Thursday, June 28, 2007

Media Polls vs. Online Rankings, 2008 Presidential Candidates

I read this article about the impact of the internet on the 2008 presidential election, about how the internet is coming to be to the 2008 election what television was to Kennedy in 1960. I was impressed that the author mentioned Howard Dean's 2003 rise on the internet, when this analogy first surfaced, and felt confident that Ron Paul's internet presence would receive his just notice as well. Not so.

That prompted me to consider just how close all the offline media polls are tracking with the online activity of our favorite candidates. After several hours of digging around in the data, I present to you: more charts. Charts reflecting the offline media poll rankings of each candidate among his or her party, and comparing the data to the respective candidate's online rankings. So here we go.

The charts below compare the offline media polling numbers to the online world rankings for each candidate in their party. The first one shows the offline media poll rankings for Democrats during the month of June, 2007. As you can see, it's pretty consistently Clinton-Obama-Edwards in that order, with Clinton hitting the upper 30s-lower 40s, Obama hovering in the mid-20s, Edwards in the mid-10s, Richardson getting an anemic 5% average and Kucinich down around the 2-3% mark as usual.

Now look at their online rankings (below). The three frontrunners are still frontrunners just in differing orders, and the second tier candidates are showing second-tier rankings. Obama and Edwards seem to be vying for the lead with an occassional spike by Clinton. Notice both Biden's and Richardson's online rankings track pretty closely with the offline media polls, but they're the only two candidates to do so among Democrats. It may not be very obvious on this chart, but while Kucinich is ranked down in the 2-3 point range in offline polling, he's achieving somewhere around 10-15% penetration in online Democratic markets. Overall there is not much discrepancy to worry about at this point.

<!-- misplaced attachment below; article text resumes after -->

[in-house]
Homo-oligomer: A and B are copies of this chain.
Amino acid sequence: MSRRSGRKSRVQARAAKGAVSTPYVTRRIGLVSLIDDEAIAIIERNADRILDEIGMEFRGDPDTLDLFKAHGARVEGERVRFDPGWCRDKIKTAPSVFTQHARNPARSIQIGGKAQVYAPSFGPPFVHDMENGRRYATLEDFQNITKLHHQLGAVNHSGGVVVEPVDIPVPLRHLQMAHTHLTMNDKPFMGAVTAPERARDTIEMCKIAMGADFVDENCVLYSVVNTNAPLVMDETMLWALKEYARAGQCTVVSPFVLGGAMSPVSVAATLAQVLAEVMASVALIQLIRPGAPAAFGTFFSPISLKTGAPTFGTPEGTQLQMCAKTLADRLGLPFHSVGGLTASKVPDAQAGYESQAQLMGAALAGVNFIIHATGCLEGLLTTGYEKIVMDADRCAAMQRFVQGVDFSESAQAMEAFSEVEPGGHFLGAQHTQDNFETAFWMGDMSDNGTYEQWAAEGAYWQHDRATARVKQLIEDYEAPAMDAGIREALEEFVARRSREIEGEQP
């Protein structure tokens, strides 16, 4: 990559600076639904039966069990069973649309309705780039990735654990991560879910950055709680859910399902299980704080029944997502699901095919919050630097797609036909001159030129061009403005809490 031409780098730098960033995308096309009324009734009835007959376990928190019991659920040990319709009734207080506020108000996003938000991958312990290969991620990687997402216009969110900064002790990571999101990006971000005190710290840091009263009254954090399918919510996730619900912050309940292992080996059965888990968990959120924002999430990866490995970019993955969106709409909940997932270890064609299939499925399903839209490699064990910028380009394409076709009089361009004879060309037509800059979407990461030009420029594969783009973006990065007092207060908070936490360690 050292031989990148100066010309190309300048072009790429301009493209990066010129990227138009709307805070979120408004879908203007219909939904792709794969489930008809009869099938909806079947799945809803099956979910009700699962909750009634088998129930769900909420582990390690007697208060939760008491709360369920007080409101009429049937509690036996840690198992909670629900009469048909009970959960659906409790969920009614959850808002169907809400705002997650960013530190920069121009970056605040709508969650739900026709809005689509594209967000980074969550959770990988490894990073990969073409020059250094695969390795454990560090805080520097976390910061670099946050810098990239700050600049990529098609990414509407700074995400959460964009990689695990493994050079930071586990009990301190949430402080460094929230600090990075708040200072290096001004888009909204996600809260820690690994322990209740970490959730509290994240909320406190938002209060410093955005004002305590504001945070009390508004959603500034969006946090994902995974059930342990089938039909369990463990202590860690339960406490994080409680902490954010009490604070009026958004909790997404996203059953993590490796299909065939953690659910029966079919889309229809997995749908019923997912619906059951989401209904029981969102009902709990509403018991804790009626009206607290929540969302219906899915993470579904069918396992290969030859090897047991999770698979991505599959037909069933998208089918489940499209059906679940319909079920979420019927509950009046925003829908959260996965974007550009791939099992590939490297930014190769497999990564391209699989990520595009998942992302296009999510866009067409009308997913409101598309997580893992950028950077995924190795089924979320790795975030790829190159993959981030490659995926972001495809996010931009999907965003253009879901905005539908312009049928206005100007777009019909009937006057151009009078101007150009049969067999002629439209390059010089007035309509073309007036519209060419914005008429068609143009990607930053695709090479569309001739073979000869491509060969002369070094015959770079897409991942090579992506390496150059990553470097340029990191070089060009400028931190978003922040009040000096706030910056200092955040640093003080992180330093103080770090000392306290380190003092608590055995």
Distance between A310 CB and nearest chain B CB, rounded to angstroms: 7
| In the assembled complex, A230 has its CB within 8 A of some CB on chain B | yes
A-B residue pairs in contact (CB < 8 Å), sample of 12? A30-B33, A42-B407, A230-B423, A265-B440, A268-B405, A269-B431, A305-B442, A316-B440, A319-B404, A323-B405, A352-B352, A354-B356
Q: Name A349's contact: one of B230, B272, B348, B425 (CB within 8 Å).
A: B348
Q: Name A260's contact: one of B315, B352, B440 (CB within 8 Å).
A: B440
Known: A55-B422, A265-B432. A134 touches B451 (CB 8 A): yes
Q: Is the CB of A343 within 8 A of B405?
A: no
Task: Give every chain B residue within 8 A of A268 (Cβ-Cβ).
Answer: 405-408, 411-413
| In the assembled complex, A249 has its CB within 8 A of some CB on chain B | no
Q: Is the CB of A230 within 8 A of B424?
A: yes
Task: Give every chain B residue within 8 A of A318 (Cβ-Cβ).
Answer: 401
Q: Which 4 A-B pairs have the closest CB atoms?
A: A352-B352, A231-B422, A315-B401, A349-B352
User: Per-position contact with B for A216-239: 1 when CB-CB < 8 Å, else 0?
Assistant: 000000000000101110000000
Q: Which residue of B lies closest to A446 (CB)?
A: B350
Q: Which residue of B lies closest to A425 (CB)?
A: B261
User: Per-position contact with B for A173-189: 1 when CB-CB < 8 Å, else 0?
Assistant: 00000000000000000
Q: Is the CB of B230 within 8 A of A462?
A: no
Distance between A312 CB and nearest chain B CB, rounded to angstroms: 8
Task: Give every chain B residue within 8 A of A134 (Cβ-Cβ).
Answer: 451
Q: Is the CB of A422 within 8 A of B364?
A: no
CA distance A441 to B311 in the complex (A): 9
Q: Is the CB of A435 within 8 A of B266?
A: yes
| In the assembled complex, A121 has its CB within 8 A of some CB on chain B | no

Now let's look at the Republican candidates (below), starting with the offline media poll numbers. Giuliani is solidly out front, with F. Thompson and McCain battling it out for second place. Poor Romney seems to be straddling the second-tier ditch, not quite in the upper ranks but doing a few solid points better than the actual second-tier contenders.

Something is radically askew here. As you can see from the Democratic candidate numbers, the online rankings are off, but not so terribly much that you're in another world. Here, we enter a whole other world. Suddenly the frontrunners are no longer frontrunners, and several second-tier candidates leap into the fore with heightened internet activity. Take a look at the GOP candidates' online rankings.

Ron Paul literally blows the rest of the candidates away, across the board, with second-tier straddler Mitt Romney and only one alleged front-runner, John McCain, coming within spitball range of Paul's online position. Could this possibly portend a showdown between McCain, Paul and Romney in the primaries?

I would expect small deviations like we see in the Democrat numbers to be normal as the world settles in comfortably to the internet age, but nothing so radical as an almost complete flip of the numbers like we see here. Why such a startling discrepancy between media polls and online rankings among the GOP candidates? What is it among republican voters that could cause this sort of chaos in the numbers? I've heard all the cellphone-landline arguments and don't buy it, not when the Democrats have a relatively smooth support transition from media polls to the internet. So what it is, really?


Anonymous said...

Ron Paul R[evoL]ution!
Ron Paul 2008!

Anonymous said...

Good article. Try a different font color though. Your current choice is far too dark.

Ron Paul in 2008 !!!!!!!